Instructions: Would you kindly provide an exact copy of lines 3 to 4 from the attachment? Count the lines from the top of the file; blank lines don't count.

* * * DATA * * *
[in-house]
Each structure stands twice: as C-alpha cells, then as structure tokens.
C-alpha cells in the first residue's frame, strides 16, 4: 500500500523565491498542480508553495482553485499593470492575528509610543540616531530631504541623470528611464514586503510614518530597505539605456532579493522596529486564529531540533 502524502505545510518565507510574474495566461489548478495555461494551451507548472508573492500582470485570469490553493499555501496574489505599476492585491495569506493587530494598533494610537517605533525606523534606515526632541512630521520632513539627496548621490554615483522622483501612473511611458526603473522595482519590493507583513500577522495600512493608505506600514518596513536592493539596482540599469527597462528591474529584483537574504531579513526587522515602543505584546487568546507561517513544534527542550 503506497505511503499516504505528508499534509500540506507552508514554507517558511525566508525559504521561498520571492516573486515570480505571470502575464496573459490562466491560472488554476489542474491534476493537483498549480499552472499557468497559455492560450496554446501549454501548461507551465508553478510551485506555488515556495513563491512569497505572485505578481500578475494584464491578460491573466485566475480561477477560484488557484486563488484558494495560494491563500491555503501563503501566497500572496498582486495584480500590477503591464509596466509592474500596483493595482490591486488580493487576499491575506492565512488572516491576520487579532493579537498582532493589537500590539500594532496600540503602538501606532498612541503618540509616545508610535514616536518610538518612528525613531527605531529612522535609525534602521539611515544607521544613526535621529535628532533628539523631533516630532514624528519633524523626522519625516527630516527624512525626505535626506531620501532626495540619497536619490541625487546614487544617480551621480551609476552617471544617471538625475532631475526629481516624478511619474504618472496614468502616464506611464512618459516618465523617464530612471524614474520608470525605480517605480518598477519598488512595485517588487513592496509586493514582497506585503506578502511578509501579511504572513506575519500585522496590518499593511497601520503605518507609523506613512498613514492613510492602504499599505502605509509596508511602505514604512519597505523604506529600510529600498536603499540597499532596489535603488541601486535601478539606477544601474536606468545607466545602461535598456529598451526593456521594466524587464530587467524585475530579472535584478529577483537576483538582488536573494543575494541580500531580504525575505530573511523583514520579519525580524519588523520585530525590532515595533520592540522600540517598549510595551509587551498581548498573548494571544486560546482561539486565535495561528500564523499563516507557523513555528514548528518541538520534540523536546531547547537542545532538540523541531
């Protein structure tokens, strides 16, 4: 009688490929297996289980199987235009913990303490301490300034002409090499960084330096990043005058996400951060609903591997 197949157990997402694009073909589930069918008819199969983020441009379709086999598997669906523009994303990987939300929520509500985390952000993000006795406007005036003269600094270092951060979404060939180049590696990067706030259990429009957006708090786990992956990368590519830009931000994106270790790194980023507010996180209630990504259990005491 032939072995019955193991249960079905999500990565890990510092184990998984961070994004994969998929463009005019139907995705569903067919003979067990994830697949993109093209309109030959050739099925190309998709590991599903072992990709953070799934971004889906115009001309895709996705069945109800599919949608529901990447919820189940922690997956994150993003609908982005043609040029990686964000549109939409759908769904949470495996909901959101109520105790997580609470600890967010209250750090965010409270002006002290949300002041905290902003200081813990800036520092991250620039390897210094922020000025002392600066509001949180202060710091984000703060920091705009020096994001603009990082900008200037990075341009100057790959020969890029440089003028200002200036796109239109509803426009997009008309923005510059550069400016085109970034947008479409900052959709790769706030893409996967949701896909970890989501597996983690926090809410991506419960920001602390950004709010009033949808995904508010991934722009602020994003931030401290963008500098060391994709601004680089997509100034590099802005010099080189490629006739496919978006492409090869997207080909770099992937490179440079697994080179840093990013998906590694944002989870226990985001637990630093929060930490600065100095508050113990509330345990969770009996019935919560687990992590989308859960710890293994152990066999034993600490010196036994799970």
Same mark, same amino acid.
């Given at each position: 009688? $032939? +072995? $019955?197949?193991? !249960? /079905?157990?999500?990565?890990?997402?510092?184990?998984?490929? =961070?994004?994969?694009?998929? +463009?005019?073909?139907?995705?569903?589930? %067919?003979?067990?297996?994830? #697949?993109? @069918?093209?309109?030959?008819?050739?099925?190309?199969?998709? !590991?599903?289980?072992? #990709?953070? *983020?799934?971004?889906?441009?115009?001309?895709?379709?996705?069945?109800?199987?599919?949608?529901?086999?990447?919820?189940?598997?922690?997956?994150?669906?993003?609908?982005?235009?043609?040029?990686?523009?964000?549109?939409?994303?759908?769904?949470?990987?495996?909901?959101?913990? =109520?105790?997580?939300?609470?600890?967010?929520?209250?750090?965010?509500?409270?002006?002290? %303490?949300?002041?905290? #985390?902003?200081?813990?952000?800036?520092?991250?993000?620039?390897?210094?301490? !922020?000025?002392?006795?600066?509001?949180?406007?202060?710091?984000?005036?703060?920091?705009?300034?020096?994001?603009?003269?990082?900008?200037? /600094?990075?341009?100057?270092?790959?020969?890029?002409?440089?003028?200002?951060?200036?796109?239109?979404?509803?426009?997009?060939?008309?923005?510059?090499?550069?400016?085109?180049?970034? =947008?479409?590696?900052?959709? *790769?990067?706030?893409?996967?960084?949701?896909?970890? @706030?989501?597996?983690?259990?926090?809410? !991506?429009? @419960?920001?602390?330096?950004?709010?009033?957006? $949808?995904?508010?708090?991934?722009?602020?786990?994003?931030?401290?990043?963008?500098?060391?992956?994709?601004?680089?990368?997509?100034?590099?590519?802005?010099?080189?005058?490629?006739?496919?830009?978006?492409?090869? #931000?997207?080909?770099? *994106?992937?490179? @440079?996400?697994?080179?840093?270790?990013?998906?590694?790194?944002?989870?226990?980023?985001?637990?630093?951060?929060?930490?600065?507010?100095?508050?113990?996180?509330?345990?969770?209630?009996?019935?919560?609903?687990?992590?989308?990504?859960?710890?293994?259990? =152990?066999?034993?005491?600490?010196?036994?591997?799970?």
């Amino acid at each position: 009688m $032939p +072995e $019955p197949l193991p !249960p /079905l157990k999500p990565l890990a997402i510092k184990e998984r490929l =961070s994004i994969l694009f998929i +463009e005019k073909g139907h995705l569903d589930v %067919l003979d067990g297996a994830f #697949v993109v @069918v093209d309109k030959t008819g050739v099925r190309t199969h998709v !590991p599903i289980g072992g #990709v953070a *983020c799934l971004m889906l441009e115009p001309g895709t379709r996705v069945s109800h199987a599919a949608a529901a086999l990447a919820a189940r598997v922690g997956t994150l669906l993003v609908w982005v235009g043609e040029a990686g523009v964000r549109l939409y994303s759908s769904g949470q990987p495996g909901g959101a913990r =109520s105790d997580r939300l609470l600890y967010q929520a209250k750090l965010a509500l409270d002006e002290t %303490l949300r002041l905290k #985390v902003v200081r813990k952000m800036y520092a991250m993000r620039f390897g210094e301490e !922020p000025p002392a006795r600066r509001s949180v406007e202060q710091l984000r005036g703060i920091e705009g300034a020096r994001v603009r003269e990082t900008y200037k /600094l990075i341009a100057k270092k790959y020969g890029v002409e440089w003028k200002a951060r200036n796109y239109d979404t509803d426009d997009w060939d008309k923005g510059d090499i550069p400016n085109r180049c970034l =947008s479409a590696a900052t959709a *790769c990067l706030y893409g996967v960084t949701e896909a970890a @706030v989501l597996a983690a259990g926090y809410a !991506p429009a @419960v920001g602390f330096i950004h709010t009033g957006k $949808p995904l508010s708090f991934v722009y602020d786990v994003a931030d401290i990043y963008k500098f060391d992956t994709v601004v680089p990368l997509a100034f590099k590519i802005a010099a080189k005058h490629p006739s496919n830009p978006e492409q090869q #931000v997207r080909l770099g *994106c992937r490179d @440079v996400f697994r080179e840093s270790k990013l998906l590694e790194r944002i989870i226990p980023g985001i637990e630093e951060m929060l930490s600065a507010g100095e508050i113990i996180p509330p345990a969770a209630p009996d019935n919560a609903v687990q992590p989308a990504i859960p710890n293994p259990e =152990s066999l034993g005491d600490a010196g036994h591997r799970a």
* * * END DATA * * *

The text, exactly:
C-alpha cells in the first residue's frame, strides 16, 4: 500500500523565491498542480508553495482553485499593470492575528509610543540616531530631504541623470528611464514586503510614518530597505539605456532579493522596529486564529531540533 502524502505545510518565507510574474495566461489548478495555461494551451507548472508573492500582470485570469490553493499555501496574489505599476492585491495569506493587530494598533494610537517605533525606523534606515526632541512630521520632513539627496548621490554615483522622483501612473511611458526603473522595482519590493507583513500577522495600512493608505506600514518596513536592493539596482540599469527597462528591474529584483537574504531579513526587522515602543505584546487568546507561517513544534527542550 503506497505511503499516504505528508499534509500540506507552508514554507517558511525566508525559504521561498520571492516573486515570480505571470502575464496573459490562466491560472488554476489542474491534476493537483498549480499552472499557468497559455492560450496554446501549454501548461507551465508553478510551485506555488515556495513563491512569497505572485505578481500578475494584464491578460491573466485566475480561477477560484488557484486563488484558494495560494491563500491555503501563503501566497500572496498582486495584480500590477503591464509596466509592474500596483493595482490591486488580493487576499491575506492565512488572516491576520487579532493579537498582532493589537500590539500594532496600540503602538501606532498612541503618540509616545508610535514616536518610538518612528525613531527605531529612522535609525534602521539611515544607521544613526535621529535628532533628539523631533516630532514624528519633524523626522519625516527630516527624512525626505535626506531620501532626495540619497536619490541625487546614487544617480551621480551609476552617471544617471538625475532631475526629481516624478511619474504618472496614468502616464506611464512618459516618465523617464530612471524614474520608470525605480517605480518598477519598488512595485517588487513592496509586493514582497506585503506578502511578509501579511504572513506575519500585522496590518499593511497601520503605518507609523506613512498613514492613510492602504499599505502605509509596508511602505514604512519597505523604506529600510529600498536603499540597499532596489535603488541601486535601478539606477544601474536606468545607466545602461535598456529598451526593456521594466524587464530587467524585475530579472535584478529577483537576483538582488536573494543575494541580500531580504525575505530573511523583514520579519525580524519588523520585530525590532515595533520592540522600540517598549510595551509587551498581548498573548494571544486560546482561539486565535495561528500564523499563516507557523513555528514548528518541538520534540523536546531547547537542545532538540523541531
């Protein structure tokens, strides 16, 4: 009688490929297996289980199987235009913990303490301490300034002409090499960084330096990043005058996400951060609903591997 197949157990997402694009073909589930069918008819199969983020441009379709086999598997669906523009994303990987939300929520509500985390952000993000006795406007005036003269600094270092951060979404060939180049590696990067706030259990429009957006708090786990992956990368590519830009931000994106270790790194980023507010996180209630990504259990005491 032939072995019955193991249960079905999500990565890990510092184990998984961070994004994969998929463009005019139907995705569903067919003979067990994830697949993109093209309109030959050739099925190309998709590991599903072992990709953070799934971004889906115009001309895709996705069945109800599919949608529901990447919820189940922690997956994150993003609908982005043609040029990686964000549109939409759908769904949470495996909901959101109520105790997580609470600890967010209250750090965010409270002006002290949300002041905290902003200081813990800036520092991250620039390897210094922020000025002392600066509001949180202060710091984000703060920091705009020096994001603009990082900008200037990075341009100057790959020969890029440089003028200002200036796109239109509803426009997009008309923005510059550069400016085109970034947008479409900052959709790769706030893409996967949701896909970890989501597996983690926090809410991506419960920001602390950004709010009033949808995904508010991934722009602020994003931030401290963008500098060391994709601004680089997509100034590099802005010099080189490629006739496919978006492409090869997207080909770099992937490179440079697994080179840093990013998906590694944002989870226990985001637990630093929060930490600065100095508050113990509330345990969770009996019935919560687990992590989308859960710890293994152990066999034993600490010196036994799970």